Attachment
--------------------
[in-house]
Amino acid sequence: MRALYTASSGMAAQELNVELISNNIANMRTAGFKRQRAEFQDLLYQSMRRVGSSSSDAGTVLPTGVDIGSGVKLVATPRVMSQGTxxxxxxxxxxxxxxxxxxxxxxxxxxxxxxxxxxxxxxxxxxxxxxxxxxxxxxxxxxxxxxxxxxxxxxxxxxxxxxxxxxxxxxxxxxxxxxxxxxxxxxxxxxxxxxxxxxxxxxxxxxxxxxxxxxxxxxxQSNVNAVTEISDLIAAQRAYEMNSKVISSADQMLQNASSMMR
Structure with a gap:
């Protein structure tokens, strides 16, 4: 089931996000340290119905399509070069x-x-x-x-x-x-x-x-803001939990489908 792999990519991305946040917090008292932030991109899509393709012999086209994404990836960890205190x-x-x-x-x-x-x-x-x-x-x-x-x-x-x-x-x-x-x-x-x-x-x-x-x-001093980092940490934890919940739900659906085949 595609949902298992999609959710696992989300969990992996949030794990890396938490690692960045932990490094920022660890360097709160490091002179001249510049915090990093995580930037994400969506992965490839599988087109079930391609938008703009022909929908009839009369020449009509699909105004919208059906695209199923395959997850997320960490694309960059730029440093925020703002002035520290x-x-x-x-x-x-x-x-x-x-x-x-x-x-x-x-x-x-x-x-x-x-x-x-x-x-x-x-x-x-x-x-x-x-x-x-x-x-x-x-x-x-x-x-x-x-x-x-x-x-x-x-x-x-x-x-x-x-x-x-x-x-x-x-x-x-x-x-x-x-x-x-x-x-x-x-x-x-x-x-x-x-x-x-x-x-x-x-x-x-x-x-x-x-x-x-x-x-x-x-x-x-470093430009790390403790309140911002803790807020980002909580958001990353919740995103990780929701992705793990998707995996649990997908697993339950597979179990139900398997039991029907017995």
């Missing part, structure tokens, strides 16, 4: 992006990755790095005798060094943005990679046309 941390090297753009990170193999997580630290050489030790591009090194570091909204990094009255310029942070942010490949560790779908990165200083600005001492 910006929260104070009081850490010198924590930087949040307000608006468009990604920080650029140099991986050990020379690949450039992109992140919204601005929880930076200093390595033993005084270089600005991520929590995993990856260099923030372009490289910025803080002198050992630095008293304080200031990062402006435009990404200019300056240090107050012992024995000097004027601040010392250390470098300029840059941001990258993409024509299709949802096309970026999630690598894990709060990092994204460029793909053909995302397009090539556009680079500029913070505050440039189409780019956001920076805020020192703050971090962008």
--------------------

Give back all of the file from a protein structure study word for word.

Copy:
[in-house]
Amino acid sequence: MRALYTASSGMAAQELNVELISNNIANMRTAGFKRQRAEFQDLLYQSMRRVGSSSSDAGTVLPTGVDIGSGVKLVATPRVMSQGTxxxxxxxxxxxxxxxxxxxxxxxxxxxxxxxxxxxxxxxxxxxxxxxxxxxxxxxxxxxxxxxxxxxxxxxxxxxxxxxxxxxxxxxxxxxxxxxxxxxxxxxxxxxxxxxxxxxxxxxxxxxxxxxxxxxxxxxQSNVNAVTEISDLIAAQRAYEMNSKVISSADQMLQNASSMMR
Structure with a gap:
């Protein structure tokens, strides 16, 4: 089931996000340290119905399509070069x-x-x-x-x-x-x-x-803001939990489908 792999990519991305946040917090008292932030991109899509393709012999086209994404990836960890205190x-x-x-x-x-x-x-x-x-x-x-x-x-x-x-x-x-x-x-x-x-x-x-x-x-001093980092940490934890919940739900659906085949 595609949902298992999609959710696992989300969990992996949030794990890396938490690692960045932990490094920022660890360097709160490091002179001249510049915090990093995580930037994400969506992965490839599988087109079930391609938008703009022909929908009839009369020449009509699909105004919208059906695209199923395959997850997320960490694309960059730029440093925020703002002035520290x-x-x-x-x-x-x-x-x-x-x-x-x-x-x-x-x-x-x-x-x-x-x-x-x-x-x-x-x-x-x-x-x-x-x-x-x-x-x-x-x-x-x-x-x-x-x-x-x-x-x-x-x-x-x-x-x-x-x-x-x-x-x-x-x-x-x-x-x-x-x-x-x-x-x-x-x-x-x-x-x-x-x-x-x-x-x-x-x-x-x-x-x-x-x-x-x-x-x-x-x-x-470093430009790390403790309140911002803790807020980002909580958001990353919740995103990780929701992705793990998707995996649990997908697993339950597979179990139900398997039991029907017995």
């Missing part, structure tokens, strides 16, 4: 992006990755790095005798060094943005990679046309 941390090297753009990170193999997580630290050489030790591009090194570091909204990094009255310029942070942010490949560790779908990165200083600005001492 910006929260104070009081850490010198924590930087949040307000608006468009990604920080650029140099991986050990020379690949450039992109992140919204601005929880930076200093390595033993005084270089600005991520929590995993990856260099923030372009490289910025803080002198050992630095008293304080200031990062402006435009990404200019300056240090107050012992024995000097004027601040010392250390470098300029840059941001990258993409024509299709949802096309970026999630690598894990709060990092994204460029793909053909995302397009090539556009680079500029913070505050440039189409780019956001920076805020020192703050971090962008």